Leading Change in times of Crisis
One aspect of leadership during the Corona crisis is constant: change. As leaders we don’t only need to manage change, but we need to lead change: anticipate change and lead with intention, strategy and sound communication. But with many aspects of our personal and business lives being impacted by things that are out of control almost on a daily or weekly basis we feel like we keep on playing catch up.
I work with clients in the travel and hospitality industries. The constant change of health advice, lockdown changes, closures, international travel warnings and opening and closing of borders puts huge pressure on leadership teams and employees. I have been coaching a regional leadership team in the aviation industry to help them lead their people remotely through these times. They face change daily and need to be nimble and agile. When we are under pressure, sound structures and simple processes are helpful to stay on track and pave the way to put the right measures in place. I taught the team how to use the ADKAR (by Prosci) model to lead change consistently and with agility.
Leading change is a process. ADKAR helps leaders go build stages of change and communicate effectively with our team members and stakeholders. Change happens at an individual level and helps you to facilitate change. ADKAR focusses on allowing you to come up with activities that will drive individual change and achieve organisational goals. ADKAR provides clear goals and outcomes for change management activities. ADKAR explained:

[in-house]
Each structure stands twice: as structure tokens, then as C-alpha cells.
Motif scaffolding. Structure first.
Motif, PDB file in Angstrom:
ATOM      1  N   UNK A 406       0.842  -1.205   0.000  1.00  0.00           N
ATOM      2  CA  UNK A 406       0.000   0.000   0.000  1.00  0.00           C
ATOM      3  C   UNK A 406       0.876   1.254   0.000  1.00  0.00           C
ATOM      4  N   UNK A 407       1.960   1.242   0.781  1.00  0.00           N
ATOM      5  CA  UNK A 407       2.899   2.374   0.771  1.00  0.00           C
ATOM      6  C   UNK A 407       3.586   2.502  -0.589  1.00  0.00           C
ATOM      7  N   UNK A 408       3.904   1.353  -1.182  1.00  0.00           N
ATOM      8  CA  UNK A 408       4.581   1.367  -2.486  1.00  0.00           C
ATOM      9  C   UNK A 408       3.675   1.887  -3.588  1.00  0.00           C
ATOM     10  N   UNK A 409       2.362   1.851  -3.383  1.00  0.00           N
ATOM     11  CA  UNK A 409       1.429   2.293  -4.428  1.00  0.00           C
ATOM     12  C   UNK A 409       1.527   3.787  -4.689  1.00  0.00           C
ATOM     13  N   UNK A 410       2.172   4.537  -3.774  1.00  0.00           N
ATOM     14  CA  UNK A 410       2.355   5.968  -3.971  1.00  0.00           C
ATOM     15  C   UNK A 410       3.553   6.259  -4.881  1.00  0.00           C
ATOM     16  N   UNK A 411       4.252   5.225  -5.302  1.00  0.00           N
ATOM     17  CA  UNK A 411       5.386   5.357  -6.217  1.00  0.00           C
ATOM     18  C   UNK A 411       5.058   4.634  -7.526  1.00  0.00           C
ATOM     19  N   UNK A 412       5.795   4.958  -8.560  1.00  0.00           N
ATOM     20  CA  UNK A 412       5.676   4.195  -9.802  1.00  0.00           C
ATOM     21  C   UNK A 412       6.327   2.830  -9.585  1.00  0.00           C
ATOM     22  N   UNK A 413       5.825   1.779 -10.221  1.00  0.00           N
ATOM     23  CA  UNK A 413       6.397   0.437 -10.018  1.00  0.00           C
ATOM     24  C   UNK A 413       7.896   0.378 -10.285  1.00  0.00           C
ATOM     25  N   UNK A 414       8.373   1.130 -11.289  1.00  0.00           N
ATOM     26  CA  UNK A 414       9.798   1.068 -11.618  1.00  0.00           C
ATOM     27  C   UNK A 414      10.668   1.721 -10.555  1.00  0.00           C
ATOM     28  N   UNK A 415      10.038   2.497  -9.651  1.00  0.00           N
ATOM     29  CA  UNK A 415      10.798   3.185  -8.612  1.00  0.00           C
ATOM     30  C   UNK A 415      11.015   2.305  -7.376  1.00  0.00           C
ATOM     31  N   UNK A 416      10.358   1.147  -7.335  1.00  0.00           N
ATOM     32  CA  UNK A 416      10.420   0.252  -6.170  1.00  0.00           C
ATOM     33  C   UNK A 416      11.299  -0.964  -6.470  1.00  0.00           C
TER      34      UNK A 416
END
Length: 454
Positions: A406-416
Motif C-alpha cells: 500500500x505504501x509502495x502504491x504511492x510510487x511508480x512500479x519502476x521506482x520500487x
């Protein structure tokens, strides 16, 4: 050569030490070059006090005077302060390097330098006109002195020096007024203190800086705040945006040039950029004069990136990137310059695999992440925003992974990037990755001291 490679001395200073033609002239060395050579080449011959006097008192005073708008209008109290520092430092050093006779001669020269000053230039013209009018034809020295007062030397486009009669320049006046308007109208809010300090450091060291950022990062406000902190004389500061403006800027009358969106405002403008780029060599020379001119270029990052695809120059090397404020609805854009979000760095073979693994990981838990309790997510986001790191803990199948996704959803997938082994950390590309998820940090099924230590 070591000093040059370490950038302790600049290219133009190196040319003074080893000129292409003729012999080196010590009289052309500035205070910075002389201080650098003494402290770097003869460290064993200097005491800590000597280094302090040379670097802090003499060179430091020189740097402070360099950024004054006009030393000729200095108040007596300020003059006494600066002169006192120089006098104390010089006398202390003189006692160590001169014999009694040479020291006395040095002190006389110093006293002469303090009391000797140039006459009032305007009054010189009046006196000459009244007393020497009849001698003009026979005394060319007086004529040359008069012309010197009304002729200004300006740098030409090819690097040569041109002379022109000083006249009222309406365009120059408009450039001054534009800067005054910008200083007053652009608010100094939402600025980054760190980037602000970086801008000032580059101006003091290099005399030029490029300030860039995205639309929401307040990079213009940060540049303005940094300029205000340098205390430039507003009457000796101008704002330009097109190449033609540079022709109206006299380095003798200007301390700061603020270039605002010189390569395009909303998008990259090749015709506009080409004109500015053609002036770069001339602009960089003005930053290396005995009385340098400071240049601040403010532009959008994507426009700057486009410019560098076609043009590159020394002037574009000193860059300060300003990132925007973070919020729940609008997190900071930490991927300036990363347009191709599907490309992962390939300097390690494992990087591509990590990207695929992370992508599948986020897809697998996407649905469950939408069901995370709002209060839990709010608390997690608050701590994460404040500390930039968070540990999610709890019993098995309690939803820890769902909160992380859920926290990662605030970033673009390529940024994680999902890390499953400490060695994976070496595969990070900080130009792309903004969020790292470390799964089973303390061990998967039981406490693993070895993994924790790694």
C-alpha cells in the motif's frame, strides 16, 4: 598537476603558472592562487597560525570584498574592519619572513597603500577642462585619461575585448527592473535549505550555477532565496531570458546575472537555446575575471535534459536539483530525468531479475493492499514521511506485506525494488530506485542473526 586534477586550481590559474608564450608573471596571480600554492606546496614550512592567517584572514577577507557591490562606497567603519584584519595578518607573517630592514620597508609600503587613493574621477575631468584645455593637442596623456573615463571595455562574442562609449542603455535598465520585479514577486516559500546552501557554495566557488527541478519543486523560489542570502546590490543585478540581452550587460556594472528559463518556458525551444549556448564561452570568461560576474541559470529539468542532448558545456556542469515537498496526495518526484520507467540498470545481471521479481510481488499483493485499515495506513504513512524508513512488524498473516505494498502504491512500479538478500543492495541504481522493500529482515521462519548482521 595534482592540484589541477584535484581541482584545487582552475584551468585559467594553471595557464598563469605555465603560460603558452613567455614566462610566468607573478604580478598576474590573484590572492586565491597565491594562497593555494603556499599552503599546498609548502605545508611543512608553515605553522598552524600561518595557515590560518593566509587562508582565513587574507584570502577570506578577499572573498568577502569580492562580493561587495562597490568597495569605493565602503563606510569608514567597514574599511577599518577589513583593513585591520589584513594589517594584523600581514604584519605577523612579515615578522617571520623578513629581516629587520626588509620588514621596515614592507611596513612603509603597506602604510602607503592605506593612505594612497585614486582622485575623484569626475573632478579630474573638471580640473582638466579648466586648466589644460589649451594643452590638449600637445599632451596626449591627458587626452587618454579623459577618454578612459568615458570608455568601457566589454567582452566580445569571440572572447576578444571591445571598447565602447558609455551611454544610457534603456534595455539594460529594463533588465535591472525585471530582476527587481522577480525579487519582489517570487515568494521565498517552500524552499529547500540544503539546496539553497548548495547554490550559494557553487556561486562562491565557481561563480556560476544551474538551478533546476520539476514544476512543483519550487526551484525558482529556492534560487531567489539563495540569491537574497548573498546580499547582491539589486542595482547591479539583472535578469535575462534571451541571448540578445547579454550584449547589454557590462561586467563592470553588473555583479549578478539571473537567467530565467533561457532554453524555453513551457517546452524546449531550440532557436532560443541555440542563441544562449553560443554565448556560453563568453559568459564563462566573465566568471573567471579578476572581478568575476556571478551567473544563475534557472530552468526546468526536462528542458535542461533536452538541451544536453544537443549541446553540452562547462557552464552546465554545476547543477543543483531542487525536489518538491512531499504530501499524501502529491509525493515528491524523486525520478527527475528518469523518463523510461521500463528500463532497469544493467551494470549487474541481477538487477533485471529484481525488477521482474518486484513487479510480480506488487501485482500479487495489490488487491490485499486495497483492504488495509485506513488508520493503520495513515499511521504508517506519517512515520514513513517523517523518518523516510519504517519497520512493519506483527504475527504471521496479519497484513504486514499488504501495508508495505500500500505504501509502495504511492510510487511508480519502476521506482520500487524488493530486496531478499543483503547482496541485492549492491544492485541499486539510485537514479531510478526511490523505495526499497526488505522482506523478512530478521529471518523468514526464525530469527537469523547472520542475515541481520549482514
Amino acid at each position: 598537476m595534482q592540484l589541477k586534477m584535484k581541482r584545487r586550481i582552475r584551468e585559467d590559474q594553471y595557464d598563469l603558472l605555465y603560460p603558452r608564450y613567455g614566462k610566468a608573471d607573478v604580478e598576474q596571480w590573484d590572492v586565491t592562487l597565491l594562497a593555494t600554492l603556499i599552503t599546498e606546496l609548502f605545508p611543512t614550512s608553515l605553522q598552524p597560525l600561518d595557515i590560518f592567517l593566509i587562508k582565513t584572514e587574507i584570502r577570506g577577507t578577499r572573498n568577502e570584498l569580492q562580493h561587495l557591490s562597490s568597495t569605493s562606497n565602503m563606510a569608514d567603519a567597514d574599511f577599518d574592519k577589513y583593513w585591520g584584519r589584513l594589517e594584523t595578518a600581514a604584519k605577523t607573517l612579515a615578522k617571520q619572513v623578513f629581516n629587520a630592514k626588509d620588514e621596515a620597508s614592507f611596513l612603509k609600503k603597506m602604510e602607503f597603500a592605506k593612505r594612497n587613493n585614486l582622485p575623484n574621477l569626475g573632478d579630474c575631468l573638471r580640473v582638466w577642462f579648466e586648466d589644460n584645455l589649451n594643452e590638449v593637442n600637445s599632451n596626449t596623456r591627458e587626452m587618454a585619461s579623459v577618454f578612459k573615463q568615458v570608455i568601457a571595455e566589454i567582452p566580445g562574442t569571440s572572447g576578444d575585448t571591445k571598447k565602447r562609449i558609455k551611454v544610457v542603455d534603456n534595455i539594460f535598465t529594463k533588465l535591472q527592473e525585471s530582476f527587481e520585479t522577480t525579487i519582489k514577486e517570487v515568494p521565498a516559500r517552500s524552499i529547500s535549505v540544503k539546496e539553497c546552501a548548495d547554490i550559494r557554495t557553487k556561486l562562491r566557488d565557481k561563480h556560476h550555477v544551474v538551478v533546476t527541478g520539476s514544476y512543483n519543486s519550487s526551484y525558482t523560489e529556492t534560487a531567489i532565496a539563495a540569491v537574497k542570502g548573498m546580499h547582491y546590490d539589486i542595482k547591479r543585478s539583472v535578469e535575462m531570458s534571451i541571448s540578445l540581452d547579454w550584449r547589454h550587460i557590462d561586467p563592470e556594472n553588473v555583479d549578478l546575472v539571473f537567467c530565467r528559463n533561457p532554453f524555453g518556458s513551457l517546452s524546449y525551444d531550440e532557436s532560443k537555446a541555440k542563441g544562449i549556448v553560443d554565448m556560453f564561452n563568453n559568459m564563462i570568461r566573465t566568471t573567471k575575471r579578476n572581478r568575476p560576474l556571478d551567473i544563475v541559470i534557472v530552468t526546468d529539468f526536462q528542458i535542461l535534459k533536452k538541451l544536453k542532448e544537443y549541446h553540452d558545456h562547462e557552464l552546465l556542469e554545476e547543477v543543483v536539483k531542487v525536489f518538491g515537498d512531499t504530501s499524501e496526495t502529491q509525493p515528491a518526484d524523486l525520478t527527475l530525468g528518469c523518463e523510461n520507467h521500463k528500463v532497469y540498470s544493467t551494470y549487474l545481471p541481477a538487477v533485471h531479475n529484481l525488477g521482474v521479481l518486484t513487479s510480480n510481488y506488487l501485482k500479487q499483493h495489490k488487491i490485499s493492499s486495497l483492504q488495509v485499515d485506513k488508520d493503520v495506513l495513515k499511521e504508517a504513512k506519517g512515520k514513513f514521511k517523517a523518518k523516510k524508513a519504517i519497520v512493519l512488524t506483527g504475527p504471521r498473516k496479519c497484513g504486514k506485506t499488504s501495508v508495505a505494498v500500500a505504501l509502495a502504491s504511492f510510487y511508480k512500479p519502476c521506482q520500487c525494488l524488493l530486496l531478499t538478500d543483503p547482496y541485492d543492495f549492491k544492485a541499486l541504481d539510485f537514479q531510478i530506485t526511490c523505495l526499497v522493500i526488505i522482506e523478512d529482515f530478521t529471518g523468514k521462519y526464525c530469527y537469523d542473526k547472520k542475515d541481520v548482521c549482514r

Awareness of the need for change
This is the WHY of the change, the business reason and a goal for early communication. Especially in times of crisis where we can’t anticipate change as we usually do, it’s important to have the finger on the pulse, create awareness quickly and communicate with transparency explaining the WHY. Your communication channels are important here. How fast can you react and inform?
Desire to make the change happen
This is about personal decisions, the ‘What’s in it for me (WIFIIM)?’. You want people to engage and participate in change, so you have to gauge the desire to change and also anticipate resistance. This is your opportunity to get buy-in.
Knowledge about how to change
This is about the ‘HOW’ to. This stage is about more than information. Here we demonstrate the skills and start with training and coaching new skills and processes.
Ability to change
This stage is all about implementation. It goes further than simply knowing how to. We want to enable people to implement the skills and processes into their daily work and business. It’s about realisation and we have to ensure they have the resources and ongoing training, feedback and coaching.
Reinforcement to retain the change
This last stage is all about sustaining the change, making it stick. It’s about creating habits, adapt our measurements and agree on what success looks like.
So how does it work? How do I use this framework? Go through all the stages from A to R and list the level of each stage for your ‘change’, e.g.: for Awareness: list the reasons you believe the change is necessary. Then review the reasons and rate the degree to which your people are aware of them (you can even rate them). Then put practical steps into place of how to increase the Awareness. Do this for all steps in a linear way and highlight where you still have work to do with your teams and create smart goals and a plan for each stage.
Once you have worked through ADKAR with your people you want to hear the following from them:
A – ‘I understand why….’
D – ‘I have decided to….’
K – ‘I know how to…’
A – ‘I am able to…’
R – ‘I will continue to…’
Email me on firstname.lastname@example.org for change management workshops